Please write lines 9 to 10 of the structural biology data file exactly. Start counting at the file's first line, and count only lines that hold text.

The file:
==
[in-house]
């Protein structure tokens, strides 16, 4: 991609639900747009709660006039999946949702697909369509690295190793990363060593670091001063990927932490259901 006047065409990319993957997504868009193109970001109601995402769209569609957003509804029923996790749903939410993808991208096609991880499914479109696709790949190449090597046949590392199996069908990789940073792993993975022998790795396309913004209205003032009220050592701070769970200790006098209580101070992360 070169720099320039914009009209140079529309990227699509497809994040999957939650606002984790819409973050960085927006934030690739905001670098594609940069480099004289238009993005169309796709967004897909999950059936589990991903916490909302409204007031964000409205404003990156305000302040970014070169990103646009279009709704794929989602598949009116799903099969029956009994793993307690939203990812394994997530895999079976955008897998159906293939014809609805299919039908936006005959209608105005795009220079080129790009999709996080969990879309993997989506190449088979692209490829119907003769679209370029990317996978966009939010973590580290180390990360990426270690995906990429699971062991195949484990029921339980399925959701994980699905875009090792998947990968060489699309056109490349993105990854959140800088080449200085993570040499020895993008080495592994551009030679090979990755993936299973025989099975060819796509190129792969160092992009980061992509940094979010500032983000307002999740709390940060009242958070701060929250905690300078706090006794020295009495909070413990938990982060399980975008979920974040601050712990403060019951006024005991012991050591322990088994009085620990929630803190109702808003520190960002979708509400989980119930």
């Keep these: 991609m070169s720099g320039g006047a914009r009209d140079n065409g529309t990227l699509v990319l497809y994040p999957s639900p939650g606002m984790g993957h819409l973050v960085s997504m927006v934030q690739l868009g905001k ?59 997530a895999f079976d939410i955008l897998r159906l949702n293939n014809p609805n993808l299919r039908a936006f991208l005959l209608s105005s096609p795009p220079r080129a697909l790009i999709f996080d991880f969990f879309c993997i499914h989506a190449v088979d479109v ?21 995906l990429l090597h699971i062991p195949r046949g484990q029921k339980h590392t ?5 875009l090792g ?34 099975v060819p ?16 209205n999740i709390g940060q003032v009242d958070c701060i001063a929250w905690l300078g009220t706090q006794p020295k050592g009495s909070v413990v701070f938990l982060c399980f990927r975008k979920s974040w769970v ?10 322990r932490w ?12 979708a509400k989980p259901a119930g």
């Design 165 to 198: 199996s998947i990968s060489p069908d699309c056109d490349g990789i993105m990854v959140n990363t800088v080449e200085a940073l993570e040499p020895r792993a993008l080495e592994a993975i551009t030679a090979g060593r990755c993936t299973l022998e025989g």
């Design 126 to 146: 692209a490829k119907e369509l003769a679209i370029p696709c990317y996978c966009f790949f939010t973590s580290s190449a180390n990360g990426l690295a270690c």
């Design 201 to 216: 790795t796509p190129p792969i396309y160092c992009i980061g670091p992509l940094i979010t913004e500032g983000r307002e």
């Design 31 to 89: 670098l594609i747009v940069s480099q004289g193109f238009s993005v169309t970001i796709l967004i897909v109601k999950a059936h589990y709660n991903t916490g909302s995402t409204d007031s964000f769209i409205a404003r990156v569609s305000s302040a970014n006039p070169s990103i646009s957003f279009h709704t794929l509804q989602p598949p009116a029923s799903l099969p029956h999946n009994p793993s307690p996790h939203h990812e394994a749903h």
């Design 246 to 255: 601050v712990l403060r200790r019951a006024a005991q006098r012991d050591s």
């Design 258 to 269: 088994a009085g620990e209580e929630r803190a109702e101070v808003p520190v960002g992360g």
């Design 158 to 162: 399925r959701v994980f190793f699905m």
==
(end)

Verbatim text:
């Design 258 to 269: 088994a009085g620990e209580e929630r803190a109702e101070v808003p520190v960002g992360g």
């Design 158 to 162: 399925r959701v994980f190793f699905m």